The Tribunal has contributed to an indisputable historical record, combating denial and helping communities come to terms with their recent history. Crimes across the region can no longer be denied. For example, it has been proven beyond reasonable doubt that the mass murder at Srebrenica was genocide.
Judges have also ruled that rape was used by members of the Bosnian Serb armed forces as an instrument of terror, and the judges in the Kvočka et al.
trial established that a “hellish orgy of persecution” occurred in the Omarska, Keraterm and Trnopolje camps of northwestern Bosnia.
Exhibit showing a murder
perpetrated by Goran Jelisić
While the most significant number of cases heard at the Tribunal have dealt with alleged crimes committed by Serbs and Bosnian Serbs, the Tribunal has investigated and brought charges against persons from every ethnic background. Convictions have been secured against Croats, as well as both Bosnian Muslims and Kosovo Albanians for crimes committed against Serbs and others.
While its judgements demonstrate that all parties in the conflicts committed crimes, the Tribunal regards its fairness and impartiality to be of paramount importance. It takes no side in the conflict and does not attempt to create any artificial balance between different groups. Evidence is the basis upon which the Prosecution presents a case. The Judges ensure a fair and open trial, assessing the evidence to determine the guilt or innocence of the accused.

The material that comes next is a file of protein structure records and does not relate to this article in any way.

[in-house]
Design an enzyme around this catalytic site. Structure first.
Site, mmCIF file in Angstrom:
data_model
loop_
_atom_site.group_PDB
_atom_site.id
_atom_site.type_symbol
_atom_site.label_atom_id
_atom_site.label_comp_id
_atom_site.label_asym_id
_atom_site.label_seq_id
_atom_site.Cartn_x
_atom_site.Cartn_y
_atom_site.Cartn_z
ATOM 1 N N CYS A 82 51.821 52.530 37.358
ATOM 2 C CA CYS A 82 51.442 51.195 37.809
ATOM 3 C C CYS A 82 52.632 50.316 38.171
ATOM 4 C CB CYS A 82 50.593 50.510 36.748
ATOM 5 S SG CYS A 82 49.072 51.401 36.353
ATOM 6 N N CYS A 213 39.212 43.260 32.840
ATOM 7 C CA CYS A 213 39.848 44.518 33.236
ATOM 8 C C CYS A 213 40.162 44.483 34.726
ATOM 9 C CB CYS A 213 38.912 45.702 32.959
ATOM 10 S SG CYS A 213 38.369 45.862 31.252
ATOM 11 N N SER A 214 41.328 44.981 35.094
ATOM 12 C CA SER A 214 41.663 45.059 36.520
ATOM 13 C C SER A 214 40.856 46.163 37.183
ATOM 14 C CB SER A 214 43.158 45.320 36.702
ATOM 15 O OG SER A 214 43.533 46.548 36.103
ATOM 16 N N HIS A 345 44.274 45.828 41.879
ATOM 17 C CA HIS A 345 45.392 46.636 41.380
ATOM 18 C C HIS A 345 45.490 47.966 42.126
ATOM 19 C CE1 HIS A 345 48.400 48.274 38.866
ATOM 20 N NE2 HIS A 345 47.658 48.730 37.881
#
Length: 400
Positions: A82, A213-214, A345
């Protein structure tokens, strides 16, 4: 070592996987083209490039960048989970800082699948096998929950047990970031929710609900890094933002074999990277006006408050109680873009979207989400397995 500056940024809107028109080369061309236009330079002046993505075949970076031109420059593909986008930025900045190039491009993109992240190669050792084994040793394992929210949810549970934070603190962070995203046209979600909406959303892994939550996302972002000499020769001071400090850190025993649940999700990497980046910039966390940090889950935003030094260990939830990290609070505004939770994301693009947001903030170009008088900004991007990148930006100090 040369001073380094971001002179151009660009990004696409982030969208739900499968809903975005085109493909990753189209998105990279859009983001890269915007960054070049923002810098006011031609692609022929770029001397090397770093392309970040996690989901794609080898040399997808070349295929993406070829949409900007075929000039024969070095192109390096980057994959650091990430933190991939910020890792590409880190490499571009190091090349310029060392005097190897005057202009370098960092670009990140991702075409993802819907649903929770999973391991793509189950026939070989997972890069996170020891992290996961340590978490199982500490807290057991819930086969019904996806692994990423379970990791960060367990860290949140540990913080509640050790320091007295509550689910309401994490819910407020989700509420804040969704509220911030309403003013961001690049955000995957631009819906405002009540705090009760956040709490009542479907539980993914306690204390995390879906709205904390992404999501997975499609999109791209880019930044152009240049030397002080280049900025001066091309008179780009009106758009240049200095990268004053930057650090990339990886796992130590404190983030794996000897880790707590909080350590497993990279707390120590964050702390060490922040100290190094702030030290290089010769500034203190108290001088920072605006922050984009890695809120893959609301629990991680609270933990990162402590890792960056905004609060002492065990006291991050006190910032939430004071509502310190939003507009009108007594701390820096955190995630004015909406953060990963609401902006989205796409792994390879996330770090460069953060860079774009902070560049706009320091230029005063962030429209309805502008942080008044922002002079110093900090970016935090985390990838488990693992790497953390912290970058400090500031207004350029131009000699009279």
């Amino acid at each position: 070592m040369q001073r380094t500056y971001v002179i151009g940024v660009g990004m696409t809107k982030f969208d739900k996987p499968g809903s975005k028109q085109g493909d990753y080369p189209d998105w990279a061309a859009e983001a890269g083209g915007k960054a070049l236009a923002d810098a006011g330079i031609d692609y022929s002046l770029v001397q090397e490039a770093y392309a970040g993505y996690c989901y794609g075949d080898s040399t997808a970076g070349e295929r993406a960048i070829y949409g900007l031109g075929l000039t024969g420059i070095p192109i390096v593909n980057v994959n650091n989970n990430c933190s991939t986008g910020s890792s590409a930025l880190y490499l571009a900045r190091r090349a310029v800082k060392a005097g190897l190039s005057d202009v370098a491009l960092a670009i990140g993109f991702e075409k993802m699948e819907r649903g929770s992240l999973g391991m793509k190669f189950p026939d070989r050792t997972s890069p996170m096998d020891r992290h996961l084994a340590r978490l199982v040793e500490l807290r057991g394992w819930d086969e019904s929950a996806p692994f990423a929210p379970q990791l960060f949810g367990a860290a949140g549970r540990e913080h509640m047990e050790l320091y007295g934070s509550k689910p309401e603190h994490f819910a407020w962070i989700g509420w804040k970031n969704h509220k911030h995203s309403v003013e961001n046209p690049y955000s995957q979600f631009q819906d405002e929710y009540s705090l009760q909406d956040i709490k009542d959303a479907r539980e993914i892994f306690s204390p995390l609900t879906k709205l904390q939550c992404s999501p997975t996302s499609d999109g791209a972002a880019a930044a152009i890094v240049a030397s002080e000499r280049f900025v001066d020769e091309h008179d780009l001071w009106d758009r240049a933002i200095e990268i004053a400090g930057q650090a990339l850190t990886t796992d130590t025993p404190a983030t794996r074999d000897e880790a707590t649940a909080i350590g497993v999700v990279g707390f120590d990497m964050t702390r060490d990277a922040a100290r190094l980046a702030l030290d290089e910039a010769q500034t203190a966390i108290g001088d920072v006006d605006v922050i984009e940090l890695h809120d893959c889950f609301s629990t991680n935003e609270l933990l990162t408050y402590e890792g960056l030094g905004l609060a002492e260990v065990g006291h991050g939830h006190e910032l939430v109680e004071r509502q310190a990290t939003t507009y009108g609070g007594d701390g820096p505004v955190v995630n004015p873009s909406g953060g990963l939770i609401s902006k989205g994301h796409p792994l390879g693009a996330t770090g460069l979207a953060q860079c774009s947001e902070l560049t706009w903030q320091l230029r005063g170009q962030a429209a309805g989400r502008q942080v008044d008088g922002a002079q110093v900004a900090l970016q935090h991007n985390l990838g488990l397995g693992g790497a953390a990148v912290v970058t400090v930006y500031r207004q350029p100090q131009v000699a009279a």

Established as an ad hoc
court, the Security Council endorsed the Tribunal’s completion strategy
for a staggered and ordered closure.
Exhibit showing inmates of a
Serb-run detention camp
Estimates as of December 2012 suggest that of the cases in the trial stage, four will be concluded in 2013. The trial of Radovan Karadžić is expected to finish in 2014. The estimates for the Hadžić and Mladić cases forecast those trials finishing by 31 December 2015 and 31 July 2016, respectively.
It is anticipated that the judgements in the Perišić, Ðorđević and Šainović et al.
appeals cases will be delivered in 2013. The Popović et al.
appeals case is anticipated to be completed by July 2014.
Since 2003 the court has worked closely with local judiciaries and courts in the former Yugoslavia, working in partnership as part of a continuing effort to see justice served.
Undoubtedly, the Tribunal’s work has had a major impact on the states of the former Yugoslavia. Simply by removing some of the most senior and notorious criminals and holding them accountable the Tribunal has been able to lift the taint of violence, contribute to ending impunity and help pave the way for reconciliation.
In May 1993, the Tribunal was established by the United Nations in response to mass atrocities then taking place in Croatia and Bosnia and Herzegovina. Reports depicting horrendous crimes, in which thousands of civilians were being killed and wounded, tortured and sexually abused in detention camps and hundreds of thousands expelled from their homes, caused outrage across the world and spurred the UN Security Council to act.
The ICTY was the first war crimes court created by the UN and the first international war crimes tribunal since the Nuremberg and Tokyo tribunals. It was established by the Security Council in accordance with Chapter VII of the UN Charter.